[0040] To eliminate the speed term ω, we divide a phase H(θ) function by another phase H(θ) function. For example,
[0041] Here, we name this divided function as G(θ). [0042]FIG. 4(
[0043] Table I above shows the equation of the G(θ) functions at each mode. The G(θ) functions, made by combination of two line-to-line H(θ) functions at each mode, can be used for continuous rotor position information as well as commutation points. Because of the division of the equations at each mode, the speed term, ω, is technically eliminated. Since the G(θ) functions are absolutely speed independent, they have an identical shape over all speed ranges. As shown in FIG. 4( [0044] Since the waveform of the G(θ) function is identical at the entire speed range, as FIG. 4( [0045] When the well-known PWM control scheme is applied, to compute G(θ) function at each mode, each phase voltage vector is derived. The three computed phase voltage vectors Vsf_a, Vsf_b, and Vsf_c are depicted in FIG. 1. To derive these voltage vectors, we can define the switching function of each phase [ [0046] where, [0047] SF [0048] SF [0049] SF [0050] Then, the inverter line-to-line voltage vectors (V [0051] In normal two-phase current activated operation for the BLDC motor [0052]FIG. 5 shows a simulation result of sensorless operation at 50 rpm with the proposed sensorless drive technique. It is noted that the stated G(θ) function [0053] Table II below shows the specification for an exemplary four-pole BLDC motor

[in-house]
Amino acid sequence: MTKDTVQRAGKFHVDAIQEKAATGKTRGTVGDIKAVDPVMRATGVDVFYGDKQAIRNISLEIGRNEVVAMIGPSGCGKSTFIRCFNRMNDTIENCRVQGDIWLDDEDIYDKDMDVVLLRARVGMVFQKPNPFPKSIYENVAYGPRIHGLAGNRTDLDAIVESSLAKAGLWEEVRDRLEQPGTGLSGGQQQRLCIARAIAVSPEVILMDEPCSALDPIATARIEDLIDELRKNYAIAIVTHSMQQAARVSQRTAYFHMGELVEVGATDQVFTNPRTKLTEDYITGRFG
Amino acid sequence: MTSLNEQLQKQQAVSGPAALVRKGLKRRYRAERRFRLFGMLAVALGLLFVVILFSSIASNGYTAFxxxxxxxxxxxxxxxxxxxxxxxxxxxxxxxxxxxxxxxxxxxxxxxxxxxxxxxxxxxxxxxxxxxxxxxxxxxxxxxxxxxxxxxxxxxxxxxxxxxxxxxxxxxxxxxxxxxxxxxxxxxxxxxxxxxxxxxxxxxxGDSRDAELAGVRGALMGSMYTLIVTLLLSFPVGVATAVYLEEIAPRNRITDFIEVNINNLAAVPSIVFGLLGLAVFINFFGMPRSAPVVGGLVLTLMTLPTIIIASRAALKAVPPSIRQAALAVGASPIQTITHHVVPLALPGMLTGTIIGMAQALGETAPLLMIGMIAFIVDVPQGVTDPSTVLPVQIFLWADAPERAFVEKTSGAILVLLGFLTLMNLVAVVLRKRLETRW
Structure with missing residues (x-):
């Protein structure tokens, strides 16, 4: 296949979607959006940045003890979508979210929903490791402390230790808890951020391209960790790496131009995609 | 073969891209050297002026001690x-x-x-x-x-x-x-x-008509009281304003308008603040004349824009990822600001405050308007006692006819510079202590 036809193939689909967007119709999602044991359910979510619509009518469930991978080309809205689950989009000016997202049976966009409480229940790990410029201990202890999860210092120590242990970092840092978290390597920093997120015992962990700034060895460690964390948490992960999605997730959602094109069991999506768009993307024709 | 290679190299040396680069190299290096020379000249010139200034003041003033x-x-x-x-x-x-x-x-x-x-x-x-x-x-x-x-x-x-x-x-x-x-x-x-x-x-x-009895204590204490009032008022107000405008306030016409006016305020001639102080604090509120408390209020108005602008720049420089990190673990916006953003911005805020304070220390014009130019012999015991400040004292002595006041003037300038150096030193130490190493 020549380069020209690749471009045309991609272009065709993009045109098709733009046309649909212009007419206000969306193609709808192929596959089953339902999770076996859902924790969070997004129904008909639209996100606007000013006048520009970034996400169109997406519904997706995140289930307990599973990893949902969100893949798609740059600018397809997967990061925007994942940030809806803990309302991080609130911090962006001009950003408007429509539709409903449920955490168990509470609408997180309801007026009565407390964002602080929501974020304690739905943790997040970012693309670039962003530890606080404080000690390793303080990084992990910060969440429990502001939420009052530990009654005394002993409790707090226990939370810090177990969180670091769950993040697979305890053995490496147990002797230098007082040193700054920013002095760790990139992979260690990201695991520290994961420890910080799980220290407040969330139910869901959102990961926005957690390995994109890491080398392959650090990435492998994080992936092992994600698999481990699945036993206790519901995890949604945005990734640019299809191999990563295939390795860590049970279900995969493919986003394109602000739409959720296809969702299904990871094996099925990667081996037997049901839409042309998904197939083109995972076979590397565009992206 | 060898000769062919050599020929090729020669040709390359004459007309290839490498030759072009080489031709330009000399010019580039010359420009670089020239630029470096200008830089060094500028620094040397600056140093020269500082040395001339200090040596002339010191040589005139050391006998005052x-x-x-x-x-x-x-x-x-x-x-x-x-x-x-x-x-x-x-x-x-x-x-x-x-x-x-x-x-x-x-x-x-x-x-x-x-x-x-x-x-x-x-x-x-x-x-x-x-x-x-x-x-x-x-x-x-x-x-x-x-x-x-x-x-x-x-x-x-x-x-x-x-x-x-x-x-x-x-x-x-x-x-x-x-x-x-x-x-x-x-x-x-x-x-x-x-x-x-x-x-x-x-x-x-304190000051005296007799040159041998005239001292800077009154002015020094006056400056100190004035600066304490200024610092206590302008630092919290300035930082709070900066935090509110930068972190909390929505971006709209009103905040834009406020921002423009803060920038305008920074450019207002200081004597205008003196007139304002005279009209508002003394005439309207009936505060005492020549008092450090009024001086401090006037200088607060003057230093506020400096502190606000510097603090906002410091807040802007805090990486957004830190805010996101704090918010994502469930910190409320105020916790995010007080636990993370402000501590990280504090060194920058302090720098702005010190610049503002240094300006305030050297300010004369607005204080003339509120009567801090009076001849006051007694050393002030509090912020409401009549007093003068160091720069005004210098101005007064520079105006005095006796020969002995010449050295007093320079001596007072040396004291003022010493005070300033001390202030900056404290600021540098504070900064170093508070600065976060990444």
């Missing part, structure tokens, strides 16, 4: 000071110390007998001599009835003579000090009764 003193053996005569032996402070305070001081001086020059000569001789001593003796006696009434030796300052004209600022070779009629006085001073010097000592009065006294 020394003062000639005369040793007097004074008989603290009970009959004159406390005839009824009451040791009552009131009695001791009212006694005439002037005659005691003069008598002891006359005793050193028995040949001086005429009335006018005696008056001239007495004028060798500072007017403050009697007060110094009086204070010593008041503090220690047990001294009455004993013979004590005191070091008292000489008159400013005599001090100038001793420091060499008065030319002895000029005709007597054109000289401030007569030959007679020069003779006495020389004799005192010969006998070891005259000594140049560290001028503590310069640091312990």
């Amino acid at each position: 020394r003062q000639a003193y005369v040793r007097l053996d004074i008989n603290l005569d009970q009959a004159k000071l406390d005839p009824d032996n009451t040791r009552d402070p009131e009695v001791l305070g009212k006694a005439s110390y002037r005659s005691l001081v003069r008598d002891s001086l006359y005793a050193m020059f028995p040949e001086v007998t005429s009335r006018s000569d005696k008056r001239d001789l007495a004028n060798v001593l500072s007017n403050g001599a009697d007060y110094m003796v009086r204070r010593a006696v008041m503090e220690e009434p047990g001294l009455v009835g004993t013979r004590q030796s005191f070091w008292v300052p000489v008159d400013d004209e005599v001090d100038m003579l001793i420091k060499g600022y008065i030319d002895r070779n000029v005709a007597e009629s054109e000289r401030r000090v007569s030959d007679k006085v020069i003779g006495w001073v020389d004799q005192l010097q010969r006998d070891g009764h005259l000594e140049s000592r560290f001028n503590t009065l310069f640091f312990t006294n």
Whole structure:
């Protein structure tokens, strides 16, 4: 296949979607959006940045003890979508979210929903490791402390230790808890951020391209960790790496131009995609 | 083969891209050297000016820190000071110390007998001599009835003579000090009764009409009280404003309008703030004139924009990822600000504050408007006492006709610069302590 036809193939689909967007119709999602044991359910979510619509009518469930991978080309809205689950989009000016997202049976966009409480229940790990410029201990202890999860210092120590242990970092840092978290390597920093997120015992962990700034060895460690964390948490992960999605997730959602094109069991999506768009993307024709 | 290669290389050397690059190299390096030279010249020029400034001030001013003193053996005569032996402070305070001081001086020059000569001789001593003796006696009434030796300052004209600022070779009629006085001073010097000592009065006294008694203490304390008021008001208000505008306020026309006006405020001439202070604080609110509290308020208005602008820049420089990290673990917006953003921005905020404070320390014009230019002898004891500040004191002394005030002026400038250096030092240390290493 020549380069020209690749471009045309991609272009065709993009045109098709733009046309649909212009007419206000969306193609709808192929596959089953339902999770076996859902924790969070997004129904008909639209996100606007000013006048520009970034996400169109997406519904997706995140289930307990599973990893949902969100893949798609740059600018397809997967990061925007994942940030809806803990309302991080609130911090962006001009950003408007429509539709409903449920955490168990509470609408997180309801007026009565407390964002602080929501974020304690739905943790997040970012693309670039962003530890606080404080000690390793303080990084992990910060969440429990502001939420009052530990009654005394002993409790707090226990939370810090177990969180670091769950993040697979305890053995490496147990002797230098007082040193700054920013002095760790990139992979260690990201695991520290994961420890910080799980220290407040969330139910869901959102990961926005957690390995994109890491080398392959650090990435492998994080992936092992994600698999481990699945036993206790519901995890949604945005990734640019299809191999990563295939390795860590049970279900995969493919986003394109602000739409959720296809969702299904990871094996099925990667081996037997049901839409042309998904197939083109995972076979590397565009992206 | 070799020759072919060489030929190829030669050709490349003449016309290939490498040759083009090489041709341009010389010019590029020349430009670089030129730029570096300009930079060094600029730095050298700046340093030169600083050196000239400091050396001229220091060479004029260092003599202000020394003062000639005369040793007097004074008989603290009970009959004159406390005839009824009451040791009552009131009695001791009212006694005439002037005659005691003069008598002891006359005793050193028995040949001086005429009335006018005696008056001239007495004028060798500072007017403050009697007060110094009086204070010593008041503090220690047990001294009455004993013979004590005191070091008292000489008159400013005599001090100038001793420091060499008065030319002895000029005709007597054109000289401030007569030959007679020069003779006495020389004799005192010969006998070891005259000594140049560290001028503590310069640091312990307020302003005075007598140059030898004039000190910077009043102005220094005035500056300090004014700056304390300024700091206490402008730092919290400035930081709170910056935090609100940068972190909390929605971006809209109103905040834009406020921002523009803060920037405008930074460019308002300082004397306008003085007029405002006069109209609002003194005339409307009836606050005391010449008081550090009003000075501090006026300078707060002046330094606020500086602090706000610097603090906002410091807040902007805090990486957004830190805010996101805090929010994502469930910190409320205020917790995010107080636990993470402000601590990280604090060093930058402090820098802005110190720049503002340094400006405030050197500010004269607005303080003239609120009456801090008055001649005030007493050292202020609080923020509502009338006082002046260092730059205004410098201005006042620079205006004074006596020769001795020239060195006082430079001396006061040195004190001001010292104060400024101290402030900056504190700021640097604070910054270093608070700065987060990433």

[0054]FIG. 6 shows the experimental waveform of the G(θ) function [0055]FIG. 7 is a flow diagram illustrating steps in an exemplary method [0056] After rotor position has been estimated, the drive system [0057] Although the systems and methods of the present invention have been described above with respect to a three-phase brushless DC motor, those of skill in the art will understand that it is applicable as well to motors having other number of phases (i.e., two, four, five, etc.). In such a case, the number of motor phase currents (Ia, Ib . . . ) that are measured by the drive system will number one less than the total number of motor phases. For a five-phase motor, for example, four phase currents would be measured. [0058] Those of skill in the art will recognize that many modifications and changes may be made Patent Citations